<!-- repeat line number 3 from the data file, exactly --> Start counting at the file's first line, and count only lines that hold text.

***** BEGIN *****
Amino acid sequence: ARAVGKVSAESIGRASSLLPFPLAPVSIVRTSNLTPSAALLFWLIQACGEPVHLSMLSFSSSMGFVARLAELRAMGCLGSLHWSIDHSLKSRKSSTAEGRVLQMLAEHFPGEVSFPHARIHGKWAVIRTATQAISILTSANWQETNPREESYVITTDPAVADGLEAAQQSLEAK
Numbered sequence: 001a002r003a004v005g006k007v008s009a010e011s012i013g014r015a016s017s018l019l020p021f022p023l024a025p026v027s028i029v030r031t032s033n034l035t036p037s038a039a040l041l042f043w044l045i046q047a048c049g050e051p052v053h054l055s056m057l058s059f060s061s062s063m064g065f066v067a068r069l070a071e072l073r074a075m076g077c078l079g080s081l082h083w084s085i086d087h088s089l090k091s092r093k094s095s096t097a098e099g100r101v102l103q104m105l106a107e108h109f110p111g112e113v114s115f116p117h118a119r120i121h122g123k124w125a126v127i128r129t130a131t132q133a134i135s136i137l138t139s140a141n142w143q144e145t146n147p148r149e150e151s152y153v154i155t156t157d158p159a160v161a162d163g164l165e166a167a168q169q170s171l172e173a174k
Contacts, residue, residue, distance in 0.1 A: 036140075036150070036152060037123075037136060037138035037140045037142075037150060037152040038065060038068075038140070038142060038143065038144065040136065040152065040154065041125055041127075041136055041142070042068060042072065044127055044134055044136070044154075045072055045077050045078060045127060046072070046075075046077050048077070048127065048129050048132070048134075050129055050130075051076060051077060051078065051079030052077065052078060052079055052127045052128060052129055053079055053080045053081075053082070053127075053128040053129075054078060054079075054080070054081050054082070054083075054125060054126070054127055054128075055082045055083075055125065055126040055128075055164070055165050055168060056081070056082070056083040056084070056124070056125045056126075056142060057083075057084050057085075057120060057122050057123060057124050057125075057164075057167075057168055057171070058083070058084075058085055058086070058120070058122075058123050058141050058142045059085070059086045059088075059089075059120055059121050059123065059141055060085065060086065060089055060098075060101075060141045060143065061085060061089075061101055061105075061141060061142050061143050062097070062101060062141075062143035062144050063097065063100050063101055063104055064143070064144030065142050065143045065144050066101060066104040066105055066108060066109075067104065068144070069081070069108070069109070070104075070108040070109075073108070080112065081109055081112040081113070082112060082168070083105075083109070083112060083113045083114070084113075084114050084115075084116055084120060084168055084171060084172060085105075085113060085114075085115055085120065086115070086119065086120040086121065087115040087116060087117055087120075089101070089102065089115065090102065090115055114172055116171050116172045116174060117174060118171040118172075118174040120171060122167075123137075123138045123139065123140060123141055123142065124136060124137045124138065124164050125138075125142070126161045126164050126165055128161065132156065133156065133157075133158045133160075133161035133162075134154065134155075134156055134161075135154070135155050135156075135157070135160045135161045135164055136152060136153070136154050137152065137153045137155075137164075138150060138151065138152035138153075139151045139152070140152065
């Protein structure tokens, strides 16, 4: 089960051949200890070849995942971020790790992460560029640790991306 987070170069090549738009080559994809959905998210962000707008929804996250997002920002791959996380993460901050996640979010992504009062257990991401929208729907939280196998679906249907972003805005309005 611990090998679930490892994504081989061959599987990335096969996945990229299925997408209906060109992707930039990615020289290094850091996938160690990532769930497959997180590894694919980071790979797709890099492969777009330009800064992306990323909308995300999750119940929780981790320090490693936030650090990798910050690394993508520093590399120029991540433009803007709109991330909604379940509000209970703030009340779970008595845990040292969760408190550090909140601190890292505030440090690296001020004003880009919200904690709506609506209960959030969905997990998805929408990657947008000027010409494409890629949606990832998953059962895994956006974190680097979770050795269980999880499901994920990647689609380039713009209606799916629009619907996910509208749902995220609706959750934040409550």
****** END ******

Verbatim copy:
Contacts, residue, residue, distance in 0.1 A: 036140075036150070036152060037123075037136060037138035037140045037142075037150060037152040038065060038068075038140070038142060038143065038144065040136065040152065040154065041125055041127075041136055041142070042068060042072065044127055044134055044136070044154075045072055045077050045078060045127060046072070046075075046077050048077070048127065048129050048132070048134075050129055050130075051076060051077060051078065051079030052077065052078060052079055052127045052128060052129055053079055053080045053081075053082070053127075053128040053129075054078060054079075054080070054081050054082070054083075054125060054126070054127055054128075055082045055083075055125065055126040055128075055164070055165050055168060056081070056082070056083040056084070056124070056125045056126075056142060057083075057084050057085075057120060057122050057123060057124050057125075057164075057167075057168055057171070058083070058084075058085055058086070058120070058122075058123050058141050058142045059085070059086045059088075059089075059120055059121050059123065059141055060085065060086065060089055060098075060101075060141045060143065061085060061089075061101055061105075061141060061142050061143050062097070062101060062141075062143035062144050063097065063100050063101055063104055064143070064144030065142050065143045065144050066101060066104040066105055066108060066109075067104065068144070069081070069108070069109070070104075070108040070109075073108070080112065081109055081112040081113070082112060082168070083105075083109070083112060083113045083114070084113075084114050084115075084116055084120060084168055084171060084172060085105075085113060085114075085115055085120065086115070086119065086120040086121065087115040087116060087117055087120075089101070089102065089115065090102065090115055114172055116171050116172045116174060117174060118171040118172075118174040120171060122167075123137075123138045123139065123140060123141055123142065124136060124137045124138065124164050125138075125142070126161045126164050126165055128161065132156065133156065133157075133158045133160075133161035133162075134154065134155075134156055134161075135154070135155050135156075135157070135160045135161045135164055136152060136153070136154050137152065137153045137155075137164075138150060138151065138152035138153075139151045139152070140152065